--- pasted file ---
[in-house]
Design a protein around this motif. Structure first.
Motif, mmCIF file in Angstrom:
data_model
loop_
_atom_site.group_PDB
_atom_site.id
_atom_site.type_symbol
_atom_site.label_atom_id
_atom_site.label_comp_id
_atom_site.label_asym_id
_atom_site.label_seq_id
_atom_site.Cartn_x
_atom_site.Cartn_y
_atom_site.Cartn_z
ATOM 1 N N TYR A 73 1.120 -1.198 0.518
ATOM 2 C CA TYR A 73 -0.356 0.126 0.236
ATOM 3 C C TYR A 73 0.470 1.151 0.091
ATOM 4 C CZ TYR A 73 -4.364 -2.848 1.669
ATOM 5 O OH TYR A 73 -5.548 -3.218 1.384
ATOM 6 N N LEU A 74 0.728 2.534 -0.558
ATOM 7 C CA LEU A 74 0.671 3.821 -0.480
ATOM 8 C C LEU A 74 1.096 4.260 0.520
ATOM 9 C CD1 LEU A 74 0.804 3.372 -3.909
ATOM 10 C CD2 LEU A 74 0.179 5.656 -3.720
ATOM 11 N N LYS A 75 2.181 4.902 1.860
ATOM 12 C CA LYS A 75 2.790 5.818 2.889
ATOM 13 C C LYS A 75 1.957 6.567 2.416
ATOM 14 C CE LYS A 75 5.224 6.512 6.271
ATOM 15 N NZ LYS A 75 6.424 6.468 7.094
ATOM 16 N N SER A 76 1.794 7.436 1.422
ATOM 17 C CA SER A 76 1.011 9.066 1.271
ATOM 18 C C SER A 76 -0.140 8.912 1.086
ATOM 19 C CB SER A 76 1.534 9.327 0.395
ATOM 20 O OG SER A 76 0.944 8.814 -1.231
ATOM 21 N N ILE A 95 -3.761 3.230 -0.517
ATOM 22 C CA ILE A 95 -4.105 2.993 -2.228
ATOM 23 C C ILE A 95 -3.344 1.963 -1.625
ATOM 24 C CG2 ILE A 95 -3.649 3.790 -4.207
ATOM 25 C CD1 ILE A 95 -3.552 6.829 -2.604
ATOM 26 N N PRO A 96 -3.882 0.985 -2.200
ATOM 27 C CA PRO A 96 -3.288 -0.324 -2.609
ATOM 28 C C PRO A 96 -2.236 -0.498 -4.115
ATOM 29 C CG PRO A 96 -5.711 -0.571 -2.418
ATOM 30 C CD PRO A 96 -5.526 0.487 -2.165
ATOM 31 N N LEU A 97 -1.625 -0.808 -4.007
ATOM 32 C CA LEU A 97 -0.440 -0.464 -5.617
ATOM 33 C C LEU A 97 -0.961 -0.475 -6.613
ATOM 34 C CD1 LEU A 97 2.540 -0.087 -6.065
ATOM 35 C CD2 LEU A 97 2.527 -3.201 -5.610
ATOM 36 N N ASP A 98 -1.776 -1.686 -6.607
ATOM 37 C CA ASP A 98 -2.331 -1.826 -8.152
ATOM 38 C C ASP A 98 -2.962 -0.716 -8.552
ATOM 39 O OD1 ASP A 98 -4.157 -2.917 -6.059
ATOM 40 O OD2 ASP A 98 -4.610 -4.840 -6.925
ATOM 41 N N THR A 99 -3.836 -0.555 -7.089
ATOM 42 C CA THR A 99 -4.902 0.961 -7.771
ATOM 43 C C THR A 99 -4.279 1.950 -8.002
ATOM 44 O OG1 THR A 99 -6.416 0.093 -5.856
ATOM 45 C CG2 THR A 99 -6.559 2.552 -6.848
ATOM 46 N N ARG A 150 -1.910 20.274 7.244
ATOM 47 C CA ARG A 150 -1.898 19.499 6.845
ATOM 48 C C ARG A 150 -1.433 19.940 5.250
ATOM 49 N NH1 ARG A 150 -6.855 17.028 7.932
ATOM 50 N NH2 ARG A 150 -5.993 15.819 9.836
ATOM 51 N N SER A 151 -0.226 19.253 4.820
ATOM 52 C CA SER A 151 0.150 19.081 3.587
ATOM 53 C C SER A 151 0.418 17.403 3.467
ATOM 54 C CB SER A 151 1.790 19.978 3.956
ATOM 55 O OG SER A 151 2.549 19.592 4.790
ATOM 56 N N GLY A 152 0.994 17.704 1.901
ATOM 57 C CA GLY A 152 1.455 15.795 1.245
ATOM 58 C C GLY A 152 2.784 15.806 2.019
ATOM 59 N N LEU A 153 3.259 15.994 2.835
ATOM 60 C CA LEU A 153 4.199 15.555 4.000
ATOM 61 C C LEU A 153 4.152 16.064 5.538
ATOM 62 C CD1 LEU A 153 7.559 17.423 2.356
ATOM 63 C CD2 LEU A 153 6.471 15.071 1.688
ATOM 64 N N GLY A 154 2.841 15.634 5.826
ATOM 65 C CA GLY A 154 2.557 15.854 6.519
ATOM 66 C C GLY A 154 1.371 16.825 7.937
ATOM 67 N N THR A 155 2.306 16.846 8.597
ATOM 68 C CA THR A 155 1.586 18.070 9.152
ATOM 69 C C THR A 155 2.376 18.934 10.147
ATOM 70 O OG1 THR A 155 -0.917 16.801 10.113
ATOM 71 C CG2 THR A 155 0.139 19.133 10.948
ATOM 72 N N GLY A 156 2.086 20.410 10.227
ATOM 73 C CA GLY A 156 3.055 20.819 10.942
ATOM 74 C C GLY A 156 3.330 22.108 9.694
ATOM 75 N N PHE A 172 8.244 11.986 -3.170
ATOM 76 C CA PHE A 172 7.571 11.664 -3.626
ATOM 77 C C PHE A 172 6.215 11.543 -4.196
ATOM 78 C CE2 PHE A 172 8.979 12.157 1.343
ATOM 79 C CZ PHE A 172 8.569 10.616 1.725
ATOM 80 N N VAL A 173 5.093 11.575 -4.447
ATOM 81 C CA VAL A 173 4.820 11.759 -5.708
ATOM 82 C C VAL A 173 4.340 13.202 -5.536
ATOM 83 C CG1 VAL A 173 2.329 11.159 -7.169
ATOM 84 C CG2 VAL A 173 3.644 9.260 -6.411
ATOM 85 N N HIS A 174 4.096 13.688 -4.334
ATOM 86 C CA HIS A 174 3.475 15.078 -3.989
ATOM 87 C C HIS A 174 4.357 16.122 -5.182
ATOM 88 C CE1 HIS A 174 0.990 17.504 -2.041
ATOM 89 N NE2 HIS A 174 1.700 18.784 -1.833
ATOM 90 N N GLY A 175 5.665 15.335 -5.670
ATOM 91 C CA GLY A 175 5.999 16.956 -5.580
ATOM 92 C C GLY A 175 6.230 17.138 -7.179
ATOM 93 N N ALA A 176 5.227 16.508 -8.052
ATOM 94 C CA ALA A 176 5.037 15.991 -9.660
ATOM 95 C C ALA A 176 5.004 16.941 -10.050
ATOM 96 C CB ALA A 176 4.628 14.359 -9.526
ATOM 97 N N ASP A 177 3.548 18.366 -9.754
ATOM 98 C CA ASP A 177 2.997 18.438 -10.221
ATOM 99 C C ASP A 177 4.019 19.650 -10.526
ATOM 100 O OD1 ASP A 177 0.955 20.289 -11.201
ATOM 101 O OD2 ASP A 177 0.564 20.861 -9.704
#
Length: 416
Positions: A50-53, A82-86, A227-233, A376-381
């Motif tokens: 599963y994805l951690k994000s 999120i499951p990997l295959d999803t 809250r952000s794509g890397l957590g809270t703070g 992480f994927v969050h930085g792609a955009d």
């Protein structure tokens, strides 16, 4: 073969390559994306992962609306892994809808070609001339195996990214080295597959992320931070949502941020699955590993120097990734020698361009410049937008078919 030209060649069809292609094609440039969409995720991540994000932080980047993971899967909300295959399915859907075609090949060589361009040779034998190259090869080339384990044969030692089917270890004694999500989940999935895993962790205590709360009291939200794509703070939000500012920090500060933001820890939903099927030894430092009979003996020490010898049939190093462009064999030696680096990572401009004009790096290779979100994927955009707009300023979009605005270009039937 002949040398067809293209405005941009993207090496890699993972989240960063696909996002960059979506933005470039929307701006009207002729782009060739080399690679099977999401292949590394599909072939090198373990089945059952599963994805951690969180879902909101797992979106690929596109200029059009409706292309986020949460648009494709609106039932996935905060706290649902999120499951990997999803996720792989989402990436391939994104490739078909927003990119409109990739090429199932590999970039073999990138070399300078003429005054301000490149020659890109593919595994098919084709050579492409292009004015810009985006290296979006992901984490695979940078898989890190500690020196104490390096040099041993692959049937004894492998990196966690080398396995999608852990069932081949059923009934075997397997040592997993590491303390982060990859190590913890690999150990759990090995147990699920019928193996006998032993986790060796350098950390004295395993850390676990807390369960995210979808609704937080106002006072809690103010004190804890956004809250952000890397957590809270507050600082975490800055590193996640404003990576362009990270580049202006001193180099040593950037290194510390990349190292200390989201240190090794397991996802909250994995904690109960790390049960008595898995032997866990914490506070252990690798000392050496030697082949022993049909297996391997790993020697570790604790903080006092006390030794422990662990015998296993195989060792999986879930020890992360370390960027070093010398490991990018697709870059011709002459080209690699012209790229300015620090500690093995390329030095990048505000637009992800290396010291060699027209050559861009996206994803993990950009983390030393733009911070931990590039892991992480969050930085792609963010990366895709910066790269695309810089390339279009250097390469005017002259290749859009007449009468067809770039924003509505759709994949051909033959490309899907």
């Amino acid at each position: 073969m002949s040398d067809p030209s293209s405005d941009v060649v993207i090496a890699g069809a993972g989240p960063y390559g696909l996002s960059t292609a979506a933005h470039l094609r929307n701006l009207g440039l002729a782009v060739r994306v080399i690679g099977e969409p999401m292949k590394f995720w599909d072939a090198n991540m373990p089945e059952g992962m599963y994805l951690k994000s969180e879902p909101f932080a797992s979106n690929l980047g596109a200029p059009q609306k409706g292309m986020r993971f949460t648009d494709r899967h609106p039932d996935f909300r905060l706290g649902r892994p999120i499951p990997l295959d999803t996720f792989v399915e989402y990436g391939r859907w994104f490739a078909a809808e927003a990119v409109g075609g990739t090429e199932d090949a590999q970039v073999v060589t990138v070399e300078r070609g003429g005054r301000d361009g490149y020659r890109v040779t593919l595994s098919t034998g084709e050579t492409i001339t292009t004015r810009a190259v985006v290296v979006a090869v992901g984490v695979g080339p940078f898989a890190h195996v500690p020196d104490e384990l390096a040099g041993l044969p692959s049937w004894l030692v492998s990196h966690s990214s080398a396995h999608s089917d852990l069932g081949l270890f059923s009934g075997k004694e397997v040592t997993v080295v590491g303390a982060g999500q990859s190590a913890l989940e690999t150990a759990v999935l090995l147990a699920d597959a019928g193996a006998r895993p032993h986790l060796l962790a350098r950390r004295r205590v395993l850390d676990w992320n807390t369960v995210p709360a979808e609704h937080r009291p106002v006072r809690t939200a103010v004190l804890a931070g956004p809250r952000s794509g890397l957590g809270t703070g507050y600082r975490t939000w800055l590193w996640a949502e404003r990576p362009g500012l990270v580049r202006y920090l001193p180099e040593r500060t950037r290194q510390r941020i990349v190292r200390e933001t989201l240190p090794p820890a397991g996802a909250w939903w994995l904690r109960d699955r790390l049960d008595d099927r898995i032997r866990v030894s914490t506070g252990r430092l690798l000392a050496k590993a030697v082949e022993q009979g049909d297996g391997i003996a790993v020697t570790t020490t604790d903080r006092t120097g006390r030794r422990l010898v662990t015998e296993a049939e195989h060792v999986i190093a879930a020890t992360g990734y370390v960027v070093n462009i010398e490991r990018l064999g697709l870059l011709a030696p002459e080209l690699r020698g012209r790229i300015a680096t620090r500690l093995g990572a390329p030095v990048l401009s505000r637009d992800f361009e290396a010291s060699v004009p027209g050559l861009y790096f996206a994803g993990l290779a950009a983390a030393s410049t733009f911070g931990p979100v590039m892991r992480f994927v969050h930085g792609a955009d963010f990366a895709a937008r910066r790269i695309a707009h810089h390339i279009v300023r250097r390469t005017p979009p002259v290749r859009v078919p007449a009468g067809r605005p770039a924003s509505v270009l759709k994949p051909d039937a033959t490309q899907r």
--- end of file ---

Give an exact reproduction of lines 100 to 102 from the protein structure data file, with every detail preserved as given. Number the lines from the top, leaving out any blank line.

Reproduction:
ATOM 85 N N HIS A 174 4.096 13.688 -4.334
ATOM 86 C CA HIS A 174 3.475 15.078 -3.989
ATOM 87 C C HIS A 174 4.357 16.122 -5.182